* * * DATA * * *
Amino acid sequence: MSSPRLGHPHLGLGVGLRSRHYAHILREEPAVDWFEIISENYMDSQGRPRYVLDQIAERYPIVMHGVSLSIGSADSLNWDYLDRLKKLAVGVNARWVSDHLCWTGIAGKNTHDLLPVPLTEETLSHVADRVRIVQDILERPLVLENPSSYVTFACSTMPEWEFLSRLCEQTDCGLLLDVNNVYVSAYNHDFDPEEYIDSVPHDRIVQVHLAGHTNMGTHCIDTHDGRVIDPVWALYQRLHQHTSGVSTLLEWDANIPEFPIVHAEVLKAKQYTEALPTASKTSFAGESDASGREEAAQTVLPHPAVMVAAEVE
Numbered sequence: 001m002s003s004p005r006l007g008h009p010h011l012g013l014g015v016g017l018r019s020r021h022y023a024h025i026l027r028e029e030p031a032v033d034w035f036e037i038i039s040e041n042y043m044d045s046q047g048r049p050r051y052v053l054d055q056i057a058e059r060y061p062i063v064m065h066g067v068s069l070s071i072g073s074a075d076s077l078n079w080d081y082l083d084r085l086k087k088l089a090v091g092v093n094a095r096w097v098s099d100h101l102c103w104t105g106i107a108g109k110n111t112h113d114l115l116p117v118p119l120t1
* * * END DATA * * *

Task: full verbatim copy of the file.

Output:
Amino acid sequence: MSSPRLGHPHLGLGVGLRSRHYAHILREEPAVDWFEIISENYMDSQGRPRYVLDQIAERYPIVMHGVSLSIGSADSLNWDYLDRLKKLAVGVNARWVSDHLCWTGIAGKNTHDLLPVPLTEETLSHVADRVRIVQDILERPLVLENPSSYVTFACSTMPEWEFLSRLCEQTDCGLLLDVNNVYVSAYNHDFDPEEYIDSVPHDRIVQVHLAGHTNMGTHCIDTHDGRVIDPVWALYQRLHQHTSGVSTLLEWDANIPEFPIVHAEVLKAKQYTEALPTASKTSFAGESDASGREEAAQTVLPHPAVMVAAEVE
Numbered sequence: 001m002s003s004p005r006l007g008h009p010h011l012g013l014g015v016g017l018r019s020r021h022y023a024h025i026l027r028e029e030p031a032v033d034w035f036e037i038i039s040e041n042y043m044d045s046q047g048r049p050r051y052v053l054d055q056i057a058e059r060y061p062i063v064m065h066g067v068s069l070s071i072g073s074a075d076s077l078n079w080d081y082l083d084r085l086k087k088l089a090v091g092v093n094a095r096w097v098s099d100h101l102c103w104t105g106i107a108g109k110n111t112h113d114l115l116p117v118p119l120t1